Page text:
(NEW ORLEANS) PBS’ own “Antiques Roadshow” made its way over to the Ernest N. Morial Convention Center in New Orleans this summer on July 22.
When I first heard news of the show’s impending arrival from a WYES advertisement months prior, my family decided on a whim to apply for the tickets, which were given to select applicants at no charge.
Alas, we were only issued two tickets, the limit per applicant.
Of course, it was my idea to apply, so I decided who was to come with me.
After some thought, I decided to take my grandfather, an avid watcher of the program who has never missed an episode, to be my plus-one.
In exchange, I was treated to brunch at Brennan’s, a first-time experience for me, which will not be forgotten. But, the highlight of the day was yet to come.
After schlepping our four items one whole mile down the vast corridors of the Morial Convention Center, my grandfather and I finally reached Hall J.
As we entered the line to approach the set, feelings of anticipation approached me rapidly. I thought to myself, will we end up on television?
My grandfather and I had spent one full hour trying to create the perfect pitch to make it past the appraisers to the camera. Our artifacts included an autographed academic journal acknowledgment to my uncle Joe Fisher, four times removed, from T. Harry Williams, an LSU professor, who wrote the oral history biography, “Huey Long.” The acknowledgement thanks Uncle Joe for his contributions to this Pulitzer Prize winning biography.
Along with the note was an antique pocket watch which belonged to Uncle Joe, and his mother’s porcelain biscuit jar.
My four times removed uncle, along with his uncle in the senate, was a Louisiana Representative from Jefferson Parish during the Long era and was heavily involved in the storied governor’s life; he could even be considered one of his closest ardent supporters.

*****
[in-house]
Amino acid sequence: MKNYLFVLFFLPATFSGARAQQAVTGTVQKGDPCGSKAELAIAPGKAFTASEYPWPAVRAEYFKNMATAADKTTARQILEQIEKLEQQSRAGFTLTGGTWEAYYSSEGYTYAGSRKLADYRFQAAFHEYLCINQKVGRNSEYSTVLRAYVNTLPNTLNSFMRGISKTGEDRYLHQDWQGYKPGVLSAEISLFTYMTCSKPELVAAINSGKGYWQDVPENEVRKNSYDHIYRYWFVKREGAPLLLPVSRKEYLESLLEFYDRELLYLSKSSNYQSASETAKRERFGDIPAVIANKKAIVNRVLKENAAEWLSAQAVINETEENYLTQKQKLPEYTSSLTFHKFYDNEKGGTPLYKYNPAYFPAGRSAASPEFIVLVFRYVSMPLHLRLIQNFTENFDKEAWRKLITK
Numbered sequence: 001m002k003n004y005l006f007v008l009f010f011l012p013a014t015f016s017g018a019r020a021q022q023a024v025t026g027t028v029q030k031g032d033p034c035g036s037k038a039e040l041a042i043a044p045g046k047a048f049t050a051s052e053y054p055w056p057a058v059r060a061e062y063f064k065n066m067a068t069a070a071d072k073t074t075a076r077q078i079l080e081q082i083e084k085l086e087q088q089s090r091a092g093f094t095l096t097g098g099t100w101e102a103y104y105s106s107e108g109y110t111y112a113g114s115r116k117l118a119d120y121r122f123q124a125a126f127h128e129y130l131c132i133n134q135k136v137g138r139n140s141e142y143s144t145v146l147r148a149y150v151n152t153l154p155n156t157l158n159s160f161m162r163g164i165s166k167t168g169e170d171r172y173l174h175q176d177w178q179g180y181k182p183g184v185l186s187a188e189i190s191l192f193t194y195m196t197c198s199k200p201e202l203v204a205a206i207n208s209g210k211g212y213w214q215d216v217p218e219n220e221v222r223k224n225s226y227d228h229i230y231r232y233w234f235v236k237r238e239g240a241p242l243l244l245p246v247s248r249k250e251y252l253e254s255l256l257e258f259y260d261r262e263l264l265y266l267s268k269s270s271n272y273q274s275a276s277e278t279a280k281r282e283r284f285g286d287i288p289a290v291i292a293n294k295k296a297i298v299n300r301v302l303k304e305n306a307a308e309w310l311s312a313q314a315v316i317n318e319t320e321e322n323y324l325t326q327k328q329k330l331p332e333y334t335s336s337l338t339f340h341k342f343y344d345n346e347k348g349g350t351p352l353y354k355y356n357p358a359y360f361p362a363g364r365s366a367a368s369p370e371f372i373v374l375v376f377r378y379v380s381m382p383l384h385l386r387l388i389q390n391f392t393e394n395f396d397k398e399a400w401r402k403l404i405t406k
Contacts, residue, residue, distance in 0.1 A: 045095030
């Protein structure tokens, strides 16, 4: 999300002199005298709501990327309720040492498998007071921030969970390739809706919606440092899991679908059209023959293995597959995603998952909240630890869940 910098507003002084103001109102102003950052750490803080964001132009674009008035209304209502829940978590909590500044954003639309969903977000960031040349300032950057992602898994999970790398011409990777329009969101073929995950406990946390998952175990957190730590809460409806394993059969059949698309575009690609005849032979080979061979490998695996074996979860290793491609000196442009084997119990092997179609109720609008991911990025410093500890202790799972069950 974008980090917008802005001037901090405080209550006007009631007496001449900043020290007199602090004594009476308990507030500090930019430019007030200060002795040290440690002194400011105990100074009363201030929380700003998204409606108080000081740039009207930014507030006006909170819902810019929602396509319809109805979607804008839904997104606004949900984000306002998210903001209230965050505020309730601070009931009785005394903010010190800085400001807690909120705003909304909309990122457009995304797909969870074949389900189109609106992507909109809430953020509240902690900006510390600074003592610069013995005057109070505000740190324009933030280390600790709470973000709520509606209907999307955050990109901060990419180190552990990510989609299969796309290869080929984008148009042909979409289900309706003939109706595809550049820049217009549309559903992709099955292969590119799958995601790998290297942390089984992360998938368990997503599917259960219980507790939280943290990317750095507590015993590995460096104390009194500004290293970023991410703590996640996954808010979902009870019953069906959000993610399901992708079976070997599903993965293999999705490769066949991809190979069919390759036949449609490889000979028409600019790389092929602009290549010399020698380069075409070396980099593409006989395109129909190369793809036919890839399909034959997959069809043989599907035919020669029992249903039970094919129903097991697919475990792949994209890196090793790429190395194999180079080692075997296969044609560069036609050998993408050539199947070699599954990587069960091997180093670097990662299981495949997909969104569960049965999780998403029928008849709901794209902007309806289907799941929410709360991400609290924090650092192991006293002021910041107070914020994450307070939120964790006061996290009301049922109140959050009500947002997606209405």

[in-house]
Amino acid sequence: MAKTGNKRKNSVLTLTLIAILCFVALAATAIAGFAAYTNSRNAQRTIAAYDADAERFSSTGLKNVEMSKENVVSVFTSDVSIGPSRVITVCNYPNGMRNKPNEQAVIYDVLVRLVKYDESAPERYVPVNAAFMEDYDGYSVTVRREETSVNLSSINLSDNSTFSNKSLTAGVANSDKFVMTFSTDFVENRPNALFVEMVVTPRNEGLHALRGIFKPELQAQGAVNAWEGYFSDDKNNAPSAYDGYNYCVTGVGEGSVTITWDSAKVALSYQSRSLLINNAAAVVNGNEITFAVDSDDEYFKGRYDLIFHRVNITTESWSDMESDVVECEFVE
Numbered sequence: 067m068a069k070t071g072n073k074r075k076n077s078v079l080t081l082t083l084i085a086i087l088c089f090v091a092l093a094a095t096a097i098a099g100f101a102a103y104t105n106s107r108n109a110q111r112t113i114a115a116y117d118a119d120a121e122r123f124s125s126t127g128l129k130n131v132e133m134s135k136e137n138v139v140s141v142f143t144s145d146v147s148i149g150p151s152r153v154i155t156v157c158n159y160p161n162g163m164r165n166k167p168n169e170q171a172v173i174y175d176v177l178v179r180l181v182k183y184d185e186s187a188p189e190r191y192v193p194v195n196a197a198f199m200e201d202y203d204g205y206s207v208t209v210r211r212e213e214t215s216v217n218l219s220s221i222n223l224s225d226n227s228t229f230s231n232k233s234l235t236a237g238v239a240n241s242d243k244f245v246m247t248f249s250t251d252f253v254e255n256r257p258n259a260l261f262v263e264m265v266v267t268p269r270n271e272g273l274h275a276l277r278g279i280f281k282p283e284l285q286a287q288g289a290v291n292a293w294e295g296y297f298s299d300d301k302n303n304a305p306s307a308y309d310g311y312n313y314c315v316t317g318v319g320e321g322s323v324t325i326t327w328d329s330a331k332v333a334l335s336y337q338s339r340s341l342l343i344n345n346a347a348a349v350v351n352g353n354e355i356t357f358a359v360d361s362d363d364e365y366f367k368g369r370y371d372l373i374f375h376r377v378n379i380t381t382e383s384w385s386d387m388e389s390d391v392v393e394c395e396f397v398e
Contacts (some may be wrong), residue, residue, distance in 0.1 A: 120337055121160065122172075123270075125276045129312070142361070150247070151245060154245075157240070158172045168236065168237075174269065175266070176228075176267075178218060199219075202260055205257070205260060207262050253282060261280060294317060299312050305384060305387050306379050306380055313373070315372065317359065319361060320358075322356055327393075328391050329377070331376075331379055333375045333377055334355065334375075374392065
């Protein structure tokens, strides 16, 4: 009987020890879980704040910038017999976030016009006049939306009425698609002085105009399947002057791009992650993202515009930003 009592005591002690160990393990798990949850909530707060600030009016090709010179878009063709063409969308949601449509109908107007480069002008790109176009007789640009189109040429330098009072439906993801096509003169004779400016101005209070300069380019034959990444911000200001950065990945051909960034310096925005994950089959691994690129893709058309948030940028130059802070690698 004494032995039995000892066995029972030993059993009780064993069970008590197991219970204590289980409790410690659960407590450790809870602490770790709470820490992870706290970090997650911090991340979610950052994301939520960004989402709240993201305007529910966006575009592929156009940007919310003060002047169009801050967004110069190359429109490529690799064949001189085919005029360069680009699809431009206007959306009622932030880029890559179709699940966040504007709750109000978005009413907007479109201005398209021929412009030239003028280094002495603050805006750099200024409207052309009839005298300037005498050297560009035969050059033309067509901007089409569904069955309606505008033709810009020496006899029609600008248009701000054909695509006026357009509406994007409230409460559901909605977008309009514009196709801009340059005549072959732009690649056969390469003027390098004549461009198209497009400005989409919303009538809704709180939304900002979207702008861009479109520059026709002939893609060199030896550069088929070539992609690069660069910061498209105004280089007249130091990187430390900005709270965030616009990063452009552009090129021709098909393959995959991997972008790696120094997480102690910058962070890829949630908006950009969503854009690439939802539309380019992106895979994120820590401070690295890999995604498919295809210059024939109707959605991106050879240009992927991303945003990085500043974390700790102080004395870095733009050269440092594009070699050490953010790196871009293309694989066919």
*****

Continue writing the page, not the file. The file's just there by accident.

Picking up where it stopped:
One time, Joe Fisher even held someone who had intentions to reveal a vice of Huey’s captive at his fishing camp in Grand Isle by taking him fishing for the weekend. Considering the times, this was acceptable. Many elections in this era were fixed, and to keep an even playing field, Fisher had to simply conduct some business.
My grandfather attempted to sell the story to each category of which our wares belonged, so that we could possibly move on to a pitch with a producer to get a television interview.
As we waited in line to enter the set, we spoke with many people and inquired upon what each of them had brought. One Canadian woman had a suit which belonged to New Orleans trumpeter Al Hirt, another woman had a very snazzy Tiffany and Co. pendant watch.
We started our appraisal process with the pocket watch, the item of ours which had the most value. But, with no luck to advance to a producer there, we approached the next part of the procedure.
We had the signed article examined in the Books and Manuscripts division of the Roadshow. The article was said to be important historically to a cult audience, but held little value monetarily. It was for that reason that we were once again denied advancement. We were told that we would have had a chance to advance, however, if the signed article had been on a first edition of the Huey Long biography.
With little hope left for a close-up stint on television, we decided to finally have the porcelain jar looked at in the glass division. This interview was the shortest, as we were told that supply exceeded demand for this item.
In conclusion, we did not make the cut for a personal appearance; however, it was a day well-spent with a relative that I needed to catch up with. He and I both had a great time and would go again if the Roadshow ever decided to roll back into town.